design: the grilled escolar ($22) puts sake-marinated white
tuna front and center, surrounded by a textural variety of
crisp string beans and crunchy potato croquettes—the last-named
evoking memories of childhood comfort food. And the grilled
mackerel ($16) gets the shioyaki treatment, in which
salt is rubbed on it in lieu of a marinade before it’s grilled
over high heat. It’s served with a sauce made from ground
daikon, balancing what saltiness remains in the meat.
Balance is such a key component of Japanese cuisine that it’s
hard to escape a sense of contentment. The barley tea that’s
available puts a soft finish to the meal, although we did
find appetite space for some fried apple crisp with ice cream,
a rich, fairly unrestrained dessert.
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very much enjoyed eating dinner at Daniel's
at Ogdens. You review described my dining
experience perfectly. This wasn't the case
with Pancho's. I much prefer Garcia's or
Lake View Tavern for Mexican fare. I agree
that a restaurant can have an off night
so I'll give the second unit on Central
Avenue a try.
yes I miss the star ratings, bring it back.
Second, I haven't had a chance to visit
Poncho's yet, but I especially like reading
would travel to Amsterdam to this restaurant
- it's not that far away. People traveled
from all over to eat at Ferrandi's in Amsterdam.
From his background, I'm sure the chef's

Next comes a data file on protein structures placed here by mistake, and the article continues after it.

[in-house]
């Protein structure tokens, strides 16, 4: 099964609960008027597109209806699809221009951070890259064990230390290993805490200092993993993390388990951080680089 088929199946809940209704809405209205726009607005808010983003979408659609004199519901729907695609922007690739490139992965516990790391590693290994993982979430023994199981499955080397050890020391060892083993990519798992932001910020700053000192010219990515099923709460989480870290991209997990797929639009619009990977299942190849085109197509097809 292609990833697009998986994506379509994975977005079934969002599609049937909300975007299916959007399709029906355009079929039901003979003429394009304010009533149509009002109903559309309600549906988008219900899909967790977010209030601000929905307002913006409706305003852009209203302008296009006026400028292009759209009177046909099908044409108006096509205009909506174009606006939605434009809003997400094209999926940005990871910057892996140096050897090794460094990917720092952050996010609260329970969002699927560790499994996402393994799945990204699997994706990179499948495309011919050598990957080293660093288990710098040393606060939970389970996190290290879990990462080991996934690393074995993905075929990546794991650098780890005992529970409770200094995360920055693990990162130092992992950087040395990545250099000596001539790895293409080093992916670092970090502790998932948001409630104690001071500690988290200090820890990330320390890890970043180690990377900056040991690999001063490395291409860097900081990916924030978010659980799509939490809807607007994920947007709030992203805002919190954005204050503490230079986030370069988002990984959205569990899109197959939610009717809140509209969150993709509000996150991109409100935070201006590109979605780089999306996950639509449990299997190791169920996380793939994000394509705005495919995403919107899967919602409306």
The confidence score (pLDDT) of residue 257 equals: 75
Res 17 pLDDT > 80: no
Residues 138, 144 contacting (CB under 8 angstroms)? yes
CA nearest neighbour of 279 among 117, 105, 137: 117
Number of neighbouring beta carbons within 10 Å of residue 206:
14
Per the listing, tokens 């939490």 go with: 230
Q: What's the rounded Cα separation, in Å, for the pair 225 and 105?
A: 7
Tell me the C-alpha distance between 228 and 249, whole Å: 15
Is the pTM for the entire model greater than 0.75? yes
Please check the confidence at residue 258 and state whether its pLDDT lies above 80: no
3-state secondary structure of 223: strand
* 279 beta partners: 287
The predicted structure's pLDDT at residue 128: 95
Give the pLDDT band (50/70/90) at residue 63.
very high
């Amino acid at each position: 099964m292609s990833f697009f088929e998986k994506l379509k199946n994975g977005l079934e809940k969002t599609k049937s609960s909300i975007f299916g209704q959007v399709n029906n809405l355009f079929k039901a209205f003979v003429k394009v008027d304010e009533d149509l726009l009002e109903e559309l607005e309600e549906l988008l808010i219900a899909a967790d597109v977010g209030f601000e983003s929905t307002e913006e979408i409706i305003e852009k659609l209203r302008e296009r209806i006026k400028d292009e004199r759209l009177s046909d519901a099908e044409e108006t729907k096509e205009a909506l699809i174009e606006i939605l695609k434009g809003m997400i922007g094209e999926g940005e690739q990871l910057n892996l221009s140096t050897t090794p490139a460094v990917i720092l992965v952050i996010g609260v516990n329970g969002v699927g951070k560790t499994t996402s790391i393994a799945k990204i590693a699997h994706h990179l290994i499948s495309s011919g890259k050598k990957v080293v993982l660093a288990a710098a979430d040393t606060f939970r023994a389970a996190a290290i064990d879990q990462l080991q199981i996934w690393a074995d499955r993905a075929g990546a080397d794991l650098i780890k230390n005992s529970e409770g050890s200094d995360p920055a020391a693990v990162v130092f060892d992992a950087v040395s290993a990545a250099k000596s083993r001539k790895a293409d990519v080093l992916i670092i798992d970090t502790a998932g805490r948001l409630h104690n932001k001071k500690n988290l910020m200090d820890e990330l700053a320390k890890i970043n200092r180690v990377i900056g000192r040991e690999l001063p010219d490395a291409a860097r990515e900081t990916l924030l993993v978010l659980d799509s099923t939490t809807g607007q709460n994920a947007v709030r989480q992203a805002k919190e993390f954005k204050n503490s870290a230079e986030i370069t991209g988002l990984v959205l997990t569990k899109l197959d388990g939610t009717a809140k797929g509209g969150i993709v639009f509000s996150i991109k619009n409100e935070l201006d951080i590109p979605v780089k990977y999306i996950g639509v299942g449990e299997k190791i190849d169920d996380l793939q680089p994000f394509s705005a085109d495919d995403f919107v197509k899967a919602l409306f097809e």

sauce is excellent and that is the most
important aspect of an Italian restaurant.
Sometimes your reviewer wastes words on
the negative aspects of a restaurant. I'm
looking forward to trying this restaurant
- I look forward to Metroland every Thursday
especially for the restaurant review. And
by the way Ferrandi's closed its Amsterdam
location and is opening a new bistro on
Saratoga Lake - Should be up and running
in May. It will be called Saratoga Lake
Bistro. It should be great!
comments about the Indian / Pakistani restaurants
being as "standardized as McDonald's"
shows either that you have eaten at only
a few Indian / Pakistani restaurants or
that you have some prejudices to work out.
That the physical appearances are not what
you would consider fancy dancy has no bearing
on the food. And after all, that is what
the main focus of the reviews should be.
Not the physical appearances, which is what
most of your reviews concentrate on.
A restaurant like The Shalimar, down on
Central Avenue, may not look the greatest,
but the food is excellent there. And the
menu has lots of variety - beef, lamb, vegetarian,
chicken, and more..